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Gray parrots separated at zoo after swearing a blue streak

Alex the African gray parrot is held by animal psychologist Irene Pepperberg during an interview in Tucson, Ariz., June 1991. With Pepperberg's training Alex has acquired a large vocabulary which he uses in a sophisticated way. African grays are known to be the most proficient in learning human words, and Alex is exceptionally clever. (AP Photo/John Robert Miller)

LONDON (AP) — A British zoo has had to separate five foul-mouthed parrots who keepers say were encouraging each other to swear.

Billy, Eric, Tyson, Jade and Elsie joined Lincolnshire Wildlife Centre’s colony of 200 gray parrots in August, and soon revealed a penchant for blue language.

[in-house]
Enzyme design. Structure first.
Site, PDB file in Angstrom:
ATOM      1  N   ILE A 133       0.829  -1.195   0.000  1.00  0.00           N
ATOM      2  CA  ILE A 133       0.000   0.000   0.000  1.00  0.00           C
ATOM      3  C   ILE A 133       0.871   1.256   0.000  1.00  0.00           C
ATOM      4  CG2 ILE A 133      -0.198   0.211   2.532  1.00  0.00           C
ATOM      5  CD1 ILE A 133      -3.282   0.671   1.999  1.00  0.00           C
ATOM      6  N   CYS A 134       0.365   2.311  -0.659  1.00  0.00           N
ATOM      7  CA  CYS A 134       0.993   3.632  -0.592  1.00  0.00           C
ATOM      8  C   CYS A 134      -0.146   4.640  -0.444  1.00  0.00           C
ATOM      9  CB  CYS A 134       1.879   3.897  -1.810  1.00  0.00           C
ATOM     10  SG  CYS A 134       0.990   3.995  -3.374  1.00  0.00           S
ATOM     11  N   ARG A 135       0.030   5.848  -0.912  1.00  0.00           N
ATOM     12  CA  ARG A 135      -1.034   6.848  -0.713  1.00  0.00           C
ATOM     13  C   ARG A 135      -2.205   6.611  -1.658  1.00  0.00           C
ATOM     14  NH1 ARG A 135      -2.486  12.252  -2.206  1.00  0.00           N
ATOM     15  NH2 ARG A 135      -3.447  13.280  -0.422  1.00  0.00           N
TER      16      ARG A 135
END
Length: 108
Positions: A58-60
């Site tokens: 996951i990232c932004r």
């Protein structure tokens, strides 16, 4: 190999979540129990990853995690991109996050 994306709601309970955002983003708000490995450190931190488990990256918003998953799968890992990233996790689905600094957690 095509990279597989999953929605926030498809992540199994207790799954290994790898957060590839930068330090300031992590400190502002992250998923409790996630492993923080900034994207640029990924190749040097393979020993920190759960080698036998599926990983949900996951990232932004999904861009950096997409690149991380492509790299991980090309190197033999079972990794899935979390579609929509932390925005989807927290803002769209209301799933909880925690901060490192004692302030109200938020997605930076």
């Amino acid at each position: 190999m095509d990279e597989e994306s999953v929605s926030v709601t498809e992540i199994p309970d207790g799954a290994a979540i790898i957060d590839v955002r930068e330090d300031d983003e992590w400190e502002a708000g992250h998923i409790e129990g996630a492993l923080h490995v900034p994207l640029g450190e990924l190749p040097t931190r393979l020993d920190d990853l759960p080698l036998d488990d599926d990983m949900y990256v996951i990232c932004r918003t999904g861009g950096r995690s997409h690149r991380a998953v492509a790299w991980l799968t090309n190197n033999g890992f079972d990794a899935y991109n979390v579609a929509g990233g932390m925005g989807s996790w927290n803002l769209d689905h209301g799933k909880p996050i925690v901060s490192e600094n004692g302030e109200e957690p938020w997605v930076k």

“We are quite used to parrots swearing, but we’ve never had five at the same time,” said the zoo’s chief executive, Steve Nichols. “Most parrots clam up outside, but for some reason these five relish it.”

Nichols said no visitors had complained about the parrots, and most found the situation funny.

“When a parrot tells tells you to ‘f-— off’ it amuses people very highly,” he said Tuesday. “It’s brought a big smile to a really hard year.”

Nichols said the parrots have been separated to save children’s ears. They were moved to different areas of the park so they don’t “set each other off,” he said.

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